Plaque marking breast cancer link-up unveiled at Leeds University

The plaque unveiling.
The plaque unveiling.
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A historic partnership designed to boost the fight against breast cancer has been commemorated by a new plaque.

It will mark work by the University of Leeds and charity Breast Cancer Campaign on a UK-first tissue bank, which the university is co-ordinating.

The plaque was unveiled by V Craig Jordan, a University of Leeds alumnus who developed revolutionary breast cancer drug Tamoxifen, at the Wellcome Trust Brenner Building at St James’s University Hospital.

Prof Valerie Speirs, of the School of Medicine at the University of Leeds, said: “As we try and win the fight breast cancer, we are extremely grateful for the support of the charity Breast Cancer Campaign and we are proud to have such a vital resource as the Breast Cancer Campaign Tissue Bank here in Leeds.”

Lisa Wilde, director of research at Breast Cancer Campaign, added: “The Breast Cancer Campaign Tissue Bank is the UK’s first ever national breast cancer tissue bank and a fundamental step towards finding a cure for breast cancer.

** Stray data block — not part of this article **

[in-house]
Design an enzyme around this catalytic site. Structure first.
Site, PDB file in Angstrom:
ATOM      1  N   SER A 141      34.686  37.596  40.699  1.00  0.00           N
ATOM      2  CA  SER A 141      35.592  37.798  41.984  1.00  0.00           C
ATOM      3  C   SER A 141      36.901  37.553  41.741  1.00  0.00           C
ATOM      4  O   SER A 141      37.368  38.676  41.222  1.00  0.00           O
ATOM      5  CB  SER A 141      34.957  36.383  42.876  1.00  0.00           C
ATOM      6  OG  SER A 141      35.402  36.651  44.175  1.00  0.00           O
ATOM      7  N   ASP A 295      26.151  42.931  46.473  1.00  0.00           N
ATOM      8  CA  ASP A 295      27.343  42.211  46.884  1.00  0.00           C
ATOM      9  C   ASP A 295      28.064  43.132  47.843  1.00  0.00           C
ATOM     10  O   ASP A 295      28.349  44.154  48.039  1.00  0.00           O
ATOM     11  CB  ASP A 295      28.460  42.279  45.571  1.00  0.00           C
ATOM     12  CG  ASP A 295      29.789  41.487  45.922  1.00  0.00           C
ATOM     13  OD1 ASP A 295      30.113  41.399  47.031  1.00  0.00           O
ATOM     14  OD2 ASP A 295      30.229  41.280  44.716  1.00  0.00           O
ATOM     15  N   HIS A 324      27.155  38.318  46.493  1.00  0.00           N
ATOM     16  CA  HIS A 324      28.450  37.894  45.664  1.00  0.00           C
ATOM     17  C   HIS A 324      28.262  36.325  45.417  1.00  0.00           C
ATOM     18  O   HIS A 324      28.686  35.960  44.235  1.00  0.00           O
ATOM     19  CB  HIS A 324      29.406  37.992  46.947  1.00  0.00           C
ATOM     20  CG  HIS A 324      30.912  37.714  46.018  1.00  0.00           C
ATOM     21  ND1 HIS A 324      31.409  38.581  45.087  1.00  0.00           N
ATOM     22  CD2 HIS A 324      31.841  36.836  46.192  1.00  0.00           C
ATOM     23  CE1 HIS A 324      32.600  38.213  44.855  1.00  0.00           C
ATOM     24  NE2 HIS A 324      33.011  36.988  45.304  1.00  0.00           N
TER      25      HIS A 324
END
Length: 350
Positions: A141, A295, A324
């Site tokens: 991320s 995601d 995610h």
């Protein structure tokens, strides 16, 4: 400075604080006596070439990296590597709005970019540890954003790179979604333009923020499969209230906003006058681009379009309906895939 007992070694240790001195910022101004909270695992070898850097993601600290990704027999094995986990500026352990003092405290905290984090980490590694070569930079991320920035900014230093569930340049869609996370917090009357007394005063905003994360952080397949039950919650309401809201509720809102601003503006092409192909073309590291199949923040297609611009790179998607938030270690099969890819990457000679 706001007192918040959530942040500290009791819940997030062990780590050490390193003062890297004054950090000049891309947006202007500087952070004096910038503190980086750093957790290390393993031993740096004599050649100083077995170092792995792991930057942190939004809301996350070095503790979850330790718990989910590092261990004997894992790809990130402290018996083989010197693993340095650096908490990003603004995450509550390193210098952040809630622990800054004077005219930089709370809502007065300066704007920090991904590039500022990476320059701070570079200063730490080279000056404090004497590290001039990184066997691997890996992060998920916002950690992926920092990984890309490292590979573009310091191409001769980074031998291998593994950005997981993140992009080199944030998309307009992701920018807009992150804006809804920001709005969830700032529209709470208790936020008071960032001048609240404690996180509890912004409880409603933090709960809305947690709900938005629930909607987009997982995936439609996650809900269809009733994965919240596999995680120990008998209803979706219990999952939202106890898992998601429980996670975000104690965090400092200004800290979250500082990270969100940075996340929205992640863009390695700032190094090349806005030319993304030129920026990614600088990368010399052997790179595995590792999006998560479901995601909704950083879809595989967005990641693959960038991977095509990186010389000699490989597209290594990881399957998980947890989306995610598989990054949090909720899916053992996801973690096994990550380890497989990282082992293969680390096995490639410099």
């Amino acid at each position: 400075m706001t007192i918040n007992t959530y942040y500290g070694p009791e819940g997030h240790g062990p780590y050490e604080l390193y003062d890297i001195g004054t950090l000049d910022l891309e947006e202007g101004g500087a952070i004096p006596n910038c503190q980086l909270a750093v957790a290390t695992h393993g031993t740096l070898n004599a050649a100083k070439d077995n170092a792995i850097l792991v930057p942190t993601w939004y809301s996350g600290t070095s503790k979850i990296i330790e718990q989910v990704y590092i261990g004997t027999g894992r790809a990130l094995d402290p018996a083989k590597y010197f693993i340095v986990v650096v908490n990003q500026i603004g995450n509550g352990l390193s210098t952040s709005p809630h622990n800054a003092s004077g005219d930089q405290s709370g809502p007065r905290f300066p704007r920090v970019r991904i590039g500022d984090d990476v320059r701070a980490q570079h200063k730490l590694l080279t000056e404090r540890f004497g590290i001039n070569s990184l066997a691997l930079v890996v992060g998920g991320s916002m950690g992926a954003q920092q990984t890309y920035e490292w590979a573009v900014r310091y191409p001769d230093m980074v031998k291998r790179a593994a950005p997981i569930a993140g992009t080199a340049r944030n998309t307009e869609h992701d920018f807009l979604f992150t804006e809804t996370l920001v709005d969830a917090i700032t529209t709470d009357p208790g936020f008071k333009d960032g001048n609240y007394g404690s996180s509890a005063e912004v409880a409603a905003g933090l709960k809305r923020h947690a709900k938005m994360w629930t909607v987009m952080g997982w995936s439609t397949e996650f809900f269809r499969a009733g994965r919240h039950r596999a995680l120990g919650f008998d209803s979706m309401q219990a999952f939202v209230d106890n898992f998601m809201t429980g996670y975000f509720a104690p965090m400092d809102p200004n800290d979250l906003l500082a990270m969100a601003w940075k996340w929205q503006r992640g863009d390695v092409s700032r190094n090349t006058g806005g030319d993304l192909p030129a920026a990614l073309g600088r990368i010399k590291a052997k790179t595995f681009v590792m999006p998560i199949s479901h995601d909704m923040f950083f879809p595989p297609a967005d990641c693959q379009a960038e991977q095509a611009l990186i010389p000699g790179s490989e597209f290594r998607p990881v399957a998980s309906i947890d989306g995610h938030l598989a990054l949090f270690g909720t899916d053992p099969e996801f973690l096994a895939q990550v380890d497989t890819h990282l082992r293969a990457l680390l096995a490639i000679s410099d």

“It is thanks to our founding partners ASDA Tickled Pink and Walk the Walk – as well as our incredible supporters – that funding for such an incredible initiative continues to be made possible.

“The ongoing work of the tissue bank will play a vital role in helping us reach the milestone that by 2050 breast cancer will be overcome and outlived.”

Tissue banking in the UK began in Yorkshire in the early 1950s as a collaboration between the university and Leeds General Infirmary.

The Breast Cancer Campaign Tissue Bank, which was founded in 2010, safely stores tissue and blood samples from donors as well as key information about a patient’s breast cancer.

From the samples, researchers across the country can take details including family history, treatments and effectiveness.

The aim is to study how and why breast cancer develops and spreads, and to devise the best possible treatments.

Breast Cancer Campaign has invested over £2 million in the tissue bank, which also has bases at Barts Cancer Institute at the University of London, the University of Dundee, the University of Nottingham and the University of Sheffield.

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